Architects will usually answer "Architecture!"--and they're probably right. Architecture combines all the other media--painting, music, literature, dance, sculpture, and applies the disciplines of mathematics and geometry and engineering to propose spatial demonstrations of human habitation, except for the things we do "outside"--though, even there, landscape architecture and biology and geology and astronomy all have something to tell us about the purposes and possibilities of our being and occupying space, in whatever setting.
Loos's designs display the hallmark characteristics of high Modernism: Flat roofs, understated trim, unadorned window sashes, boxy rectilinear volumes, sharp edges, open planning facilitated with thin steel supports and trusses, lightness, flat unelaborated surfaces.
The Wittgenstein House was a laboratory for living. For some, though, it was an experiment that didn't work. Wittgenstein's sister, Hermine, wrote: "Even though I admired the house very much, I always knew that I neither wanted to, nor could, live in it myself. It seemed indeed to be much more a dwelling for the gods than for a small mortal like me, and at first I even had to overcome a faint inner opposition to this 'house embodied logic' as I called it, to this perfection and monumentality."
It was just as well, then, that Hermine didn't live there. But Wittgenstein's other sister, Gretl, did - both before and after the Nazi Anschluss - and apparently found it fitted her austere temperament perfectly. She and Viennese architect Paul Engelmann had invited Ludwig to collaborate with Engelmann on the design of her new house. Gretl did not issue the invitation lightly: she was no philistine and indeed, like the rest of the Wittgenstein family, was immersed in the world of arts (when she married in 1905, for instance, Gustav Klimt painted her portrait; Ravel wrote Concerto for the Left Hand for her brother Paul, a great pianist who lost an arm during the first world war).
At the time of the commission, Wittgenstein was at one of the many fraught transitional stages that pitted his life. He was fighting against depression and struggling to find a vocation worthy of his genius. He had abandoned philo-sophy in 1918, believing (wrongly) that he had solved all its problems with his Tractatus Logico- Philosophicus, whose ideas he had developed while serving as a soldier and later as a prisoner of war.
After the first world war, Wittgenstein had rid himself of his vast inherited fortune (his father had been a wealthy Viennese industrialist), sharing it among his brother and sisters. And, while philosophers around the world were realising that the Tractatus was the work of a genius, Wittgenstein became a primary school teacher in Trattenbach, in remote rural Austria. But after a classroom incident (the highly-strung Wittgenstein hit a pupil so hard the boy passed out), he quit. In despair, he contemplated becoming a monk - but instead took up gardening at a monastery.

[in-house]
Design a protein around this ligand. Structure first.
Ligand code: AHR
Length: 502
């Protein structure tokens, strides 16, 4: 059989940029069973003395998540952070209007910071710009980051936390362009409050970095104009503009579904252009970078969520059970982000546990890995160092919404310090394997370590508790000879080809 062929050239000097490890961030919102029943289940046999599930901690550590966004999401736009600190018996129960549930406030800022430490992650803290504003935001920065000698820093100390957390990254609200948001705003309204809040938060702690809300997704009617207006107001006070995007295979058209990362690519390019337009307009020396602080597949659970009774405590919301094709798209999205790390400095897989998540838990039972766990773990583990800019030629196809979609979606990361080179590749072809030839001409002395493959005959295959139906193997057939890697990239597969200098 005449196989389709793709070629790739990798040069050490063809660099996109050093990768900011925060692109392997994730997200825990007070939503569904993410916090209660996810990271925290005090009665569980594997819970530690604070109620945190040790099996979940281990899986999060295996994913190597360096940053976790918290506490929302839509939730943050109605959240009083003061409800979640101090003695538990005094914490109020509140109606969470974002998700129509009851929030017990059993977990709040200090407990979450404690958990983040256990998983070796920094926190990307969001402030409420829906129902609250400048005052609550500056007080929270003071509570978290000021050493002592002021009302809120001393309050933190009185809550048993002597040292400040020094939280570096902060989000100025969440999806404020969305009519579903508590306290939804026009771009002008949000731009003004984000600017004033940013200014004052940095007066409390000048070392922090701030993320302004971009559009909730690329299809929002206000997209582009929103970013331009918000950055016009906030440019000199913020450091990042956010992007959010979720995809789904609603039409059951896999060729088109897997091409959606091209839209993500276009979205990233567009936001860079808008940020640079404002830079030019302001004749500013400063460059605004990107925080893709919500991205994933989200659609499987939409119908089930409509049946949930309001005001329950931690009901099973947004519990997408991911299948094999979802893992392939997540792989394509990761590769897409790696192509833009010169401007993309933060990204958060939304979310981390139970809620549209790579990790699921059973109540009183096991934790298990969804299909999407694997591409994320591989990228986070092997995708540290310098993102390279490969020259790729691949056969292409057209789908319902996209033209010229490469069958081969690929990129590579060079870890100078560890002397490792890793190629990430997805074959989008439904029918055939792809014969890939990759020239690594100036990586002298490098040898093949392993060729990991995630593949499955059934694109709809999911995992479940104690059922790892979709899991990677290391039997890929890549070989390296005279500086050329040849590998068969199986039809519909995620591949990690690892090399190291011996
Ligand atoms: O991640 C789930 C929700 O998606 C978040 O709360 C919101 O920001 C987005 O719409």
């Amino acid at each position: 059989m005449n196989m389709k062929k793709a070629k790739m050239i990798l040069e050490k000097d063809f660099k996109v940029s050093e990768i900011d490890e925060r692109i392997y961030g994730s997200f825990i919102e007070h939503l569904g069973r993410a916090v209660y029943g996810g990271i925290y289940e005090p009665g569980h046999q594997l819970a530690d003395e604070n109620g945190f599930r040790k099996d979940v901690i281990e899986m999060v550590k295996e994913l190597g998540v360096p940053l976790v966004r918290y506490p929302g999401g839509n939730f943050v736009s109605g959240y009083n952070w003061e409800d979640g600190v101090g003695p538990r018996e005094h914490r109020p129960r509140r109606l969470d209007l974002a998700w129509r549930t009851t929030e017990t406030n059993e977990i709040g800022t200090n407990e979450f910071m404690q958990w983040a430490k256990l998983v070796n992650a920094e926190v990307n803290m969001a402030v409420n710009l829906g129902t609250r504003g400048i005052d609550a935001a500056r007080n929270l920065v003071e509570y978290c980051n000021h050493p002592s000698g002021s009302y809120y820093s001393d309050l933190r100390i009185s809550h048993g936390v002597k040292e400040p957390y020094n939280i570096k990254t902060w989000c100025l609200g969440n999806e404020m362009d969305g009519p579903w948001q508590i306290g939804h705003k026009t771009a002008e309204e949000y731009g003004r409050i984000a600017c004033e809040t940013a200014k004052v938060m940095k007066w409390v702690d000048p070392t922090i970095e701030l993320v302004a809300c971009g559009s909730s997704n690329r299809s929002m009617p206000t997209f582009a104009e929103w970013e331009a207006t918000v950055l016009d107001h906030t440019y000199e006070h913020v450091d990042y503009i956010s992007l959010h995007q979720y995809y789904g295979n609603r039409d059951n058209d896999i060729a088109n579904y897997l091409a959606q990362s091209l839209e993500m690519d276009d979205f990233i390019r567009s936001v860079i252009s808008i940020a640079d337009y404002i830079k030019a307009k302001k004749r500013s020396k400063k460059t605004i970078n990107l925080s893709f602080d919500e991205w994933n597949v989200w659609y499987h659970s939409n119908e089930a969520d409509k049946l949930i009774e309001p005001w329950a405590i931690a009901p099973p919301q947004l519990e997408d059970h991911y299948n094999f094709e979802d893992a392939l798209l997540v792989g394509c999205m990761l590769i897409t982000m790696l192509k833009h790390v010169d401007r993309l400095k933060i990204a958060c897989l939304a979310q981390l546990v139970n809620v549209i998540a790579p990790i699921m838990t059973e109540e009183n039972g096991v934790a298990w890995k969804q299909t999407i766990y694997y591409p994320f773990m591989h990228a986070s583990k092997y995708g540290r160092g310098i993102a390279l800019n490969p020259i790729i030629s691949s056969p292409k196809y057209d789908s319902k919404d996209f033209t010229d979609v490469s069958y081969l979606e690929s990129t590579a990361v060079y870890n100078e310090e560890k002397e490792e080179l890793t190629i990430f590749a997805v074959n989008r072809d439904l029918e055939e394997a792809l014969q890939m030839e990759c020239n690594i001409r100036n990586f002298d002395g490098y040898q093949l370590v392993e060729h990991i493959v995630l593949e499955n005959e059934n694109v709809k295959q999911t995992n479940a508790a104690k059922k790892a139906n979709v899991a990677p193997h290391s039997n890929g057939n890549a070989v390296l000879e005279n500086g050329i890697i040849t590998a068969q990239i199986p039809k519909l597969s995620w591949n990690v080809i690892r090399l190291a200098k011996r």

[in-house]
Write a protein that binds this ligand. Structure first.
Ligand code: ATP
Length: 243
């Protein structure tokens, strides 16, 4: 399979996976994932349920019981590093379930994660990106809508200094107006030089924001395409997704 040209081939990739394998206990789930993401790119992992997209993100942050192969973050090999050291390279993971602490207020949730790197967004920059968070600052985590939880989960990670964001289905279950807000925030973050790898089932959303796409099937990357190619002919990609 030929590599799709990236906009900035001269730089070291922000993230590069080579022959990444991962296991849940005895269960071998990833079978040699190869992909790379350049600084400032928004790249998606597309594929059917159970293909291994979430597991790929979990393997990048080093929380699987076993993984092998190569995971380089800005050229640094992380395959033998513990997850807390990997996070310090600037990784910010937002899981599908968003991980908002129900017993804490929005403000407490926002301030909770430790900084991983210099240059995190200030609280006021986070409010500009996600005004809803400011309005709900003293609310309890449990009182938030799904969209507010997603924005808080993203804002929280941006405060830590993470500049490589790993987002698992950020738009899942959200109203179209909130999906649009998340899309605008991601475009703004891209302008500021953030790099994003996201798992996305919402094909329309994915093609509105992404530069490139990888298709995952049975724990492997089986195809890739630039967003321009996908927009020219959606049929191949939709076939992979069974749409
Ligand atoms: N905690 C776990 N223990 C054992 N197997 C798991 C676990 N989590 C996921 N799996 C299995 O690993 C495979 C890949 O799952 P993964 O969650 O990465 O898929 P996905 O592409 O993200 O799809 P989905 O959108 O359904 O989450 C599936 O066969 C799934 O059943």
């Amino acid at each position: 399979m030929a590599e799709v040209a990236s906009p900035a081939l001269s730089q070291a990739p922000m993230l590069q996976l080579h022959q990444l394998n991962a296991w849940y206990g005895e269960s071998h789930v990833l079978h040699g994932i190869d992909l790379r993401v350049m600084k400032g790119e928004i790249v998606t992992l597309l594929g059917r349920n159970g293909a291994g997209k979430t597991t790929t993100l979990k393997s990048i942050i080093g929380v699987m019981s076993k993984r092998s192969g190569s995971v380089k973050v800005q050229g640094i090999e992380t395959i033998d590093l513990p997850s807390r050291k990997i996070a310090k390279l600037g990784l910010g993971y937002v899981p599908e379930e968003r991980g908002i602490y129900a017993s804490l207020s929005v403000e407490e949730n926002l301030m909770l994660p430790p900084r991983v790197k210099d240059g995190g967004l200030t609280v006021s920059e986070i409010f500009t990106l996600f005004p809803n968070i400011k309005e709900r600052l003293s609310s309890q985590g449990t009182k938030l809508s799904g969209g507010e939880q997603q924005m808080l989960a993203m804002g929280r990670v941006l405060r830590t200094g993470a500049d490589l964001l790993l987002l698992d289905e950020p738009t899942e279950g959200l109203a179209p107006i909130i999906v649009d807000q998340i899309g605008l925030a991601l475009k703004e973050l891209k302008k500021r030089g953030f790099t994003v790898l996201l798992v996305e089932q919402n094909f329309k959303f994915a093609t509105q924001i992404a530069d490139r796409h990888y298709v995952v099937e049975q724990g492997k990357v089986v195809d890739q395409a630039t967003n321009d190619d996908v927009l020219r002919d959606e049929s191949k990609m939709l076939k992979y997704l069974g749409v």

But it couldn't last. There had to be some outlet for his visionary spirit. So the commission to work on his sister's house came at an opportune moment.
We can best understand Wittgenstein's architecture by seeing it as an extrapolation from the Tractatus. There Wittgenstein wrote that his philosophy was disposable: "My propositions are elucidatory in this way: he who understands me finally recognises them as senseless, when he has climbed out through them, on them, over them. (He must so to speak throw away the ladder after he climbed up on it)...Whereof one cannot speak, thereof one must be silent."
For Wittgenstein, it was precisely the most important things - God, ethics, aesthetics - that could not be put into words. They could not be said, only shown. Wilson writes: "It was as if Wittgenstein's first attempt to deal with his predicament after the ladder had been thrown away was instinctively to make things (architecture, sculpture, photography) whose essence is that they cannot be 'said' but must be 'shown'."
The philosopher's work on the house focused on the design of windows, doors, window-locks and radiators. "This is not so marginal as it may at first appear, for it is precisely these details that lend what is otherwise a rather plain, even ugly house its distinctive beauty."
Wittgenstein spent much time on these details. He took a year to design the door handles, and another year to design the radiators. Instead of curtains, each window was shaded by metal screens each weighing about 150kg, but easily moved by a pulley system designed by Wittgenstein. Bernhard Leitner, author of The Architecture of Ludwig Wittgenstein, hailed this "aesthetic of weightlessness": "There is barely anything comparable in the history of interior design. It is as ingenious as it is expensive. A metal curtain that could be lowered into the floor."
When the house was nearly complete, he insisted that a ceiling be raised 30mm so that the proportions he wanted (3:1, 3:2, 2:1) were perfectly executed. "Tell me," asked a locksmith, "does a millimetre here or there really matter to you?" "Yes!" roared Wittgenstein."
When we came to design our own house in 1991, I played with a number of these post-Modern design ideas, in working together with the firm which executed the plans. "Turning its back on the street" was one such idea; "ignoring the view" was another. The privilege to build a house--to one's own specifications--is an exercise which provides a unique insight into one's intellectual condition.